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Peer-Reviewed Critical Care Nursing Journal

Antecedents of burnout and turnover intentions during the COVID-19 pandemic in critical care nurses: A mediation study

Abstract

Background: Nurses working in critical care environments have experienced a great deal of psychological stress during the successive waves of the COVID-19 pandemic. Identifying factors which contribute to burnout and turnover intentions are important to retain intensive care unit (ICU) nurses.

Purpose: The purpose of this study is to identify factors that are directly and indirectly associated with burnout and turnover intentions in ICU nurses.

Methods: A cross-sectional design was used with survey data during the peak of the second wave of the COVID-19 pandemic.

“We were treading water.” Experiences of healthcare providers in Canadian ICUs during COVID-19 visitor restrictions: A qualitative descriptive study.

ABSTRACT

Purpose: To explore and describe the impact of COVID-19 restrictive visitation policies on healthcare providers (HCPs) and to identify ongoing challenges and pragmatic solutions that could inform recommendations for patient and family-centered care (PFCC) in the ICU during pandemic conditions. 

Methods: We conducted a qualitative descriptive study within a constructivist paradigm. We used two sources of data collected simultaneously: semi-structured interviews conducted remotely via video or phone and written comments gathered through open-ended response boxes in a questionnaire to explore the perspectives of HCPs working in Canadian ICUs during visitor restrictions resulting from the first wave of COVID-19.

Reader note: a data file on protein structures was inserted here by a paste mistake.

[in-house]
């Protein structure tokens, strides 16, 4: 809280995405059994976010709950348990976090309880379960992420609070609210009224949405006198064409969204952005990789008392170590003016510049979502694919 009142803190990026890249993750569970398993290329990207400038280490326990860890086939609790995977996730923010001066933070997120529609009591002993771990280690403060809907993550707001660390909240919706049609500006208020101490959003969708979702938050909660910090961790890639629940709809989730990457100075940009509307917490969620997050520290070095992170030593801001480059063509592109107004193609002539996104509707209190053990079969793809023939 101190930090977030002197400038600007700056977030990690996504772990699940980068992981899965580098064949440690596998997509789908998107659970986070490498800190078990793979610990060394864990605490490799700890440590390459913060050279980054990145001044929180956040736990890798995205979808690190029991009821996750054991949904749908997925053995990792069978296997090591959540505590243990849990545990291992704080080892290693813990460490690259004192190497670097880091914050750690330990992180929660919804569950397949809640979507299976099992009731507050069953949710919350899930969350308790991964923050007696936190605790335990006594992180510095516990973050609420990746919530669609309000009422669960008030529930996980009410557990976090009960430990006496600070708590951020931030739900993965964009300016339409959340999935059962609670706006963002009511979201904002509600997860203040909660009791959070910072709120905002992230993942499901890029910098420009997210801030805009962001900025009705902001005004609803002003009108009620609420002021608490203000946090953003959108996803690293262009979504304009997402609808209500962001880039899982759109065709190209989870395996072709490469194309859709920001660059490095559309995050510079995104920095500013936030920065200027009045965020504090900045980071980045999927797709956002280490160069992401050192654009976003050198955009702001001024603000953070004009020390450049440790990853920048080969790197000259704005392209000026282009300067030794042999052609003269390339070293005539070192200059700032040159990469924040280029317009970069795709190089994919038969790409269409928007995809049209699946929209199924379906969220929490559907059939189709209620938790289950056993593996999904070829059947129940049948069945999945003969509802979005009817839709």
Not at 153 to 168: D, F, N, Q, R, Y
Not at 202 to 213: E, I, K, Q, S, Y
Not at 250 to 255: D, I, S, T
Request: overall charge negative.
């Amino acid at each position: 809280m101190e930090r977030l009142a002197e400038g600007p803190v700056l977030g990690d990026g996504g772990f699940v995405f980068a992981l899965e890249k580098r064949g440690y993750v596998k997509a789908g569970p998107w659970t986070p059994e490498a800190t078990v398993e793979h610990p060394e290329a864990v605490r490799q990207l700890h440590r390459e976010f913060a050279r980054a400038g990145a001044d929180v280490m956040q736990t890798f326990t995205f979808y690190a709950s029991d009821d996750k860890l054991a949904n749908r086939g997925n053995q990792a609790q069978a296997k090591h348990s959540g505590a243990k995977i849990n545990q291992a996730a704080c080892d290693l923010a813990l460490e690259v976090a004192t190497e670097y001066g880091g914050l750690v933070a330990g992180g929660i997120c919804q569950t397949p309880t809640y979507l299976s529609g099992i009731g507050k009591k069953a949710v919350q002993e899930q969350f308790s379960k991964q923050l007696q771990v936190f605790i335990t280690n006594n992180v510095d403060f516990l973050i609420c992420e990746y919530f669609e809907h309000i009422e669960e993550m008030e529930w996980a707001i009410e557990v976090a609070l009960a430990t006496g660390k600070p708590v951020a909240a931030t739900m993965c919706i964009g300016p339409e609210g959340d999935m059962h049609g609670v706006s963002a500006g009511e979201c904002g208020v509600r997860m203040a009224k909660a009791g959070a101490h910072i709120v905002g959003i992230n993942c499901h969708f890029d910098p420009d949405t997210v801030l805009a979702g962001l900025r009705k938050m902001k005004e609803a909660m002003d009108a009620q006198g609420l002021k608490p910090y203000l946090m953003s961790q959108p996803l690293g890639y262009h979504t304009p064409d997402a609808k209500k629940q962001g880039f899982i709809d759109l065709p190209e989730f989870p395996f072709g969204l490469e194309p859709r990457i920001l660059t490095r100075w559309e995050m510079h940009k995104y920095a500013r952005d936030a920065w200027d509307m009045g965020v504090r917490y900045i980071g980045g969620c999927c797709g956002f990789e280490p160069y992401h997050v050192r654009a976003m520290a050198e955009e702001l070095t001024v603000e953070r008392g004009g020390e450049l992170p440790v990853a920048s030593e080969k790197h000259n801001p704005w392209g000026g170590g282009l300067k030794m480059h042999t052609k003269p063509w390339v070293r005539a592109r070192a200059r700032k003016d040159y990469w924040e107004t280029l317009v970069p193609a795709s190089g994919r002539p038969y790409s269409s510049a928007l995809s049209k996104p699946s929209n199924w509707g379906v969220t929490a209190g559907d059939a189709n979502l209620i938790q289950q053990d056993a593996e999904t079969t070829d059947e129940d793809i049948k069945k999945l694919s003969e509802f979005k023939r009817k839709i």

Canadian intensive care nurses’ infection prevention and control adherence and institutional trust: An update 1-year into the pandemic

ABSTRACT

BACKGROUND: Nurses are key healthcare workers whose adherence to infection prevention and control (IPC) measures is integral to the prevention of nosocomial spread of SARS-COV-2. Institutional trust is an important correlate of adherence. After initially surveying nurses early in 2020, we sought to evaluate how perceptions of IPC measures and institutional trust changed one year into the pandemic.

METHODS: We adapted an internationally distributed cross-sectional questionnaire, incorporating validated scales for items including institutional trust,

CJCCN, Volume 31, Number 3, Winter 2020

Editorial
To our Canadian Association of Critical Care Nurses Members and Canadian Journal of Critical Care Nursing™ Readership,

Over the past year, the editorial team in collaboration with the editorial review board and the national board of directors of the Canadian Association of Critical Care Nurses (CACCN), have had many conversations regarding the Canadian Journal of Critical Care Nursing™ (CJCCN). Our aim has been to ensure that the CJCCN continues to be a major vehicle for critical care nursing scholarship and knowledge dissemination in Canada and internationally.

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